Although I have that same pad, (in fact would sell it to someone looking for a good insulated pad), I have not used it in a hammock. It is a great pad however, and I bet it would work fine for you.

    What I have used with great success is an Exped DAM. As you noted, it works best in the hammock when not fully inflated.

    One thing an airmattress does is raise your center of gravity. I actually liked this in my HHEXPLUL since it got me high enough to easily see out of it, but it was less stable and it didn't take much motion to start rocking, but I liked that too.

    Quote Originally Posted by bigbamaguy View Post
    The temps were not supposed to drop below 40 F during the night so I figured I would be good to go with this set-up. As luck would have it, not only did it rain that night, temps dropped to around 30 F and we got 3" of snow as well.

    <snip>

    If you are going to use the pad you will need to leave it slightly deflated so you do not slide off of it during the night, plus it conforms to your body better this way. I will say that I was confortable but I could have been a great deal warmer with my UQ/TQ combination that I got after this hang.
    I too have been quite comfortable with the set up I used down into the low 30's. My hunch is it would have taken me lower but no experience from which to report.

    The biggest challenge is to not slide off the pad since thats when the cold shoulders occur. I simply create "wings" with spare clothing and my sit pad and it's not an issue.

    I am a big fan of my UQ/TQ too, but not sure they would have actually kept me significantly warmer, YMMV.

    Although I don't often carry the pad, opting for lighter weight UQ, it does give you the most comfortable option possible if for some reason you need to go to the ground.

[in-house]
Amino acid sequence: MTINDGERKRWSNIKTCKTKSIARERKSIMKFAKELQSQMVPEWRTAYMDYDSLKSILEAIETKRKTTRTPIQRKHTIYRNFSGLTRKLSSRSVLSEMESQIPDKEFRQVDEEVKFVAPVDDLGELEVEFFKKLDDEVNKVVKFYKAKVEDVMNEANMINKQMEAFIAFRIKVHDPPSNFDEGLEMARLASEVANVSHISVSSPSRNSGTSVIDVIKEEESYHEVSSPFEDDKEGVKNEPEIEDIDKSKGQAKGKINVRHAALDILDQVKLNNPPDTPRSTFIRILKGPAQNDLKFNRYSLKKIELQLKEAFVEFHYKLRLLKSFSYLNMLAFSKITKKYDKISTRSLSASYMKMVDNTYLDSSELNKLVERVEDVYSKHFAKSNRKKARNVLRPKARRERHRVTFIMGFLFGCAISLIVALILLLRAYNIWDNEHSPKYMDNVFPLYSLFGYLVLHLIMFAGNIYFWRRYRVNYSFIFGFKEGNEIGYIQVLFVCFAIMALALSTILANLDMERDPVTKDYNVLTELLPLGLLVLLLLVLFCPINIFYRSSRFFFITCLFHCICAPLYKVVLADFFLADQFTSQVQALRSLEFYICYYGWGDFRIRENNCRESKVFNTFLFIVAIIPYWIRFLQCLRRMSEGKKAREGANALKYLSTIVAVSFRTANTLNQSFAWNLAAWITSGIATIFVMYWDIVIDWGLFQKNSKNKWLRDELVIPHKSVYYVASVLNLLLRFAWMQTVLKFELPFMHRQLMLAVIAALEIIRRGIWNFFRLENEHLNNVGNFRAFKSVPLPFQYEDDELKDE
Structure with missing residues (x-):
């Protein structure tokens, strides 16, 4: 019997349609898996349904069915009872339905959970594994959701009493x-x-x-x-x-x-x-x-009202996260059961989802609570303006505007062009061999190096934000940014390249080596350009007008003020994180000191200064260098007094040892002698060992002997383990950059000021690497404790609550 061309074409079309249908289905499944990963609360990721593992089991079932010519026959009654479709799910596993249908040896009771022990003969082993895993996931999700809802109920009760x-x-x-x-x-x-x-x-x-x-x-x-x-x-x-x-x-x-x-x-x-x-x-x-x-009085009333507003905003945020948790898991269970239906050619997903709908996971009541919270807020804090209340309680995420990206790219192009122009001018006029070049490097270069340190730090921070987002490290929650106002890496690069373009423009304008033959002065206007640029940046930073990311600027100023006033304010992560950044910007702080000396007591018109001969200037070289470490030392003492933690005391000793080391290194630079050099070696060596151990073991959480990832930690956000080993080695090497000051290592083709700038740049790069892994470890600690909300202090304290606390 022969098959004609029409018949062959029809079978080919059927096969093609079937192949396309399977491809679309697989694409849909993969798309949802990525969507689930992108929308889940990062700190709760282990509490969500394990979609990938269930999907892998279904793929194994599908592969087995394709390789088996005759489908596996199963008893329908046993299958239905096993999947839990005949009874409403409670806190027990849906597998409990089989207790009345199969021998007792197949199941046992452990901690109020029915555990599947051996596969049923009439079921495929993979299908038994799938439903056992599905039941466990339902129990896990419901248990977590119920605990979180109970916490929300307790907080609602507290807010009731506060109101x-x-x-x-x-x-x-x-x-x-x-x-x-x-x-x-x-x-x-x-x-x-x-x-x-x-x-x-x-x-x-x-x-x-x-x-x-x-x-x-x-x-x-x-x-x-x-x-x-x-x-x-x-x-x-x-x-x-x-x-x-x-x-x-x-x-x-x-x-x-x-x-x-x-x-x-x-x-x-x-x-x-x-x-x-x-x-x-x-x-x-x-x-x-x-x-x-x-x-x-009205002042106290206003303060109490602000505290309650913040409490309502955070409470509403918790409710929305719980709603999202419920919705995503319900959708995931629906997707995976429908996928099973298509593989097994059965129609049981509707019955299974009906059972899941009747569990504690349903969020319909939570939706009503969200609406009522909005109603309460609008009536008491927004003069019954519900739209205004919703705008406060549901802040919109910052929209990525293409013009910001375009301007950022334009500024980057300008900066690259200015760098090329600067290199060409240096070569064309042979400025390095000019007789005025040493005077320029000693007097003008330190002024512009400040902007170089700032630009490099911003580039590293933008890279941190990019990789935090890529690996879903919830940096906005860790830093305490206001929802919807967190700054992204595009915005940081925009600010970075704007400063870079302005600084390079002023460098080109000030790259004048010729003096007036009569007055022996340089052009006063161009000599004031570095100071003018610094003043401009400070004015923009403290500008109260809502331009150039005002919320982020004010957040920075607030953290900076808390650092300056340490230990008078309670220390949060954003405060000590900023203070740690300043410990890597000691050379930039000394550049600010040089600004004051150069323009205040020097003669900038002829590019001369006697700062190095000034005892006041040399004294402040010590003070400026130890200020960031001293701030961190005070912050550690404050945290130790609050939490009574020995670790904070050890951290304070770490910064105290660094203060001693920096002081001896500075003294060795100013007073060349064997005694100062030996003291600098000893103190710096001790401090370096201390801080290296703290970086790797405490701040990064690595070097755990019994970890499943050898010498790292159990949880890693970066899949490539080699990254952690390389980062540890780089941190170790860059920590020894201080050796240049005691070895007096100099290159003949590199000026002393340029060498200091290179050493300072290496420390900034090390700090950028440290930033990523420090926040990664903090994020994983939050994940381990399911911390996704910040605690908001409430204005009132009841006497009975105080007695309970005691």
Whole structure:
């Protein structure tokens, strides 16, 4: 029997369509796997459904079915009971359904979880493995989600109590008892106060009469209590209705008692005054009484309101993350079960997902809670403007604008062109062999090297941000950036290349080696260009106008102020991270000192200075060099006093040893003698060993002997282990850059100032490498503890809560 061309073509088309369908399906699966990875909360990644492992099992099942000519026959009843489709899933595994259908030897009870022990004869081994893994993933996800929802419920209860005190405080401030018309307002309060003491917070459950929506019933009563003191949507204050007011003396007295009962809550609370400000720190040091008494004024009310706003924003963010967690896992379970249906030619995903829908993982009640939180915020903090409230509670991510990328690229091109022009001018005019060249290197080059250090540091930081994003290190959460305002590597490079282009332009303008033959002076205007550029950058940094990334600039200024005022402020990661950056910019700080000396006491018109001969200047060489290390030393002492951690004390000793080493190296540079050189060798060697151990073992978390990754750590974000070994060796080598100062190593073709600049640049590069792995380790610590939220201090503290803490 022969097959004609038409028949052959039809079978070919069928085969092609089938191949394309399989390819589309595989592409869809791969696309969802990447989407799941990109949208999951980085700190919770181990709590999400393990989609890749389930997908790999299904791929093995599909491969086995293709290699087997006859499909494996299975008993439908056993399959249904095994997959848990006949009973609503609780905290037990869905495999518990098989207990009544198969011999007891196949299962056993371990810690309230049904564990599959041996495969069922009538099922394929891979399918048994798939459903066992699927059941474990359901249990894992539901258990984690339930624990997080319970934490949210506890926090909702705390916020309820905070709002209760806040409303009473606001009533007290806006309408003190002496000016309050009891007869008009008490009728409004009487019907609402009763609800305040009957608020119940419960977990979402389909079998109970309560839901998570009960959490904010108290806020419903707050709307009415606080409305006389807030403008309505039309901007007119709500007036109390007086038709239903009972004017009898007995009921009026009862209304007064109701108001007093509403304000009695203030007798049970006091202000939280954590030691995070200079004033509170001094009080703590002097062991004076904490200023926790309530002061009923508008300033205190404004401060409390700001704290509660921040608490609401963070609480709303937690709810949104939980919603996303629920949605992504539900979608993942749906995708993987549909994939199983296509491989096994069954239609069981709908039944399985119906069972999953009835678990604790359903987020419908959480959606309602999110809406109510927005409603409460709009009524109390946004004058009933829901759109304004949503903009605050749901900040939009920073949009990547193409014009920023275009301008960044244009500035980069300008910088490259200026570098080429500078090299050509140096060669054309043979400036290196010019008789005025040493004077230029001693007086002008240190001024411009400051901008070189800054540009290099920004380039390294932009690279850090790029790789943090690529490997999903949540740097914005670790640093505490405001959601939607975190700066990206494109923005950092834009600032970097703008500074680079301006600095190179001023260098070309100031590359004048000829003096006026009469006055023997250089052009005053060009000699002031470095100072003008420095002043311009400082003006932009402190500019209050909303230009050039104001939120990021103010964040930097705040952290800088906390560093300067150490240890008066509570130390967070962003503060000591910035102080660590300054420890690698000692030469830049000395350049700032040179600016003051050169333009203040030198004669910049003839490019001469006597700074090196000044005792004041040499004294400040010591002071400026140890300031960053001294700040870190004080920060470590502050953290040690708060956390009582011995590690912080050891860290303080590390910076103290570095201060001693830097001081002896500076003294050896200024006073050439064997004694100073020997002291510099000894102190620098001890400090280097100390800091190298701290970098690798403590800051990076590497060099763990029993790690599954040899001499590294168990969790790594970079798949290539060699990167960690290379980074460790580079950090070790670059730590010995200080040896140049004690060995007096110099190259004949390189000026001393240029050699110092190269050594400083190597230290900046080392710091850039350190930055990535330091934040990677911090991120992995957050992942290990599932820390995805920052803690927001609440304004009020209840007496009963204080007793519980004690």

4. #4

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    thanks

    Thanks for the input, guys. Here's what I'm up to. I'm thinking of a trip where I would definitely have to go to the ground a couple of times along the trail. So, I'd leave my UQ at home and use the POE pad and supplement with an SPE sort of set up with wings. I just wanted a good idea of warmth to expect with the pad while in the hammock but deflated quite a bit. In a worse case scenario, a little bit of CCF under the inflatable pad would give extra insurance.

    SoCal Mike

  5. #5
    UncleMJM's Avatar
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    Quote Originally Posted by SoCal Mike View Post
    Thanks for the input, guys. Here's what I'm up to. I'm thinking of a trip where I would definitely have to go to the ground a couple of times along the trail. So, I'd leave my UQ at home and use the POE pad and supplement with an SPE sort of set up with wings. I just wanted a good idea of warmth to expect with the pad while in the hammock but deflated quite a bit. In a worse case scenario, a little bit of CCF under the inflatable pad would give extra insurance.

    SoCal Mike
    Perfect plan for those areas where hanging won't always work. Good call.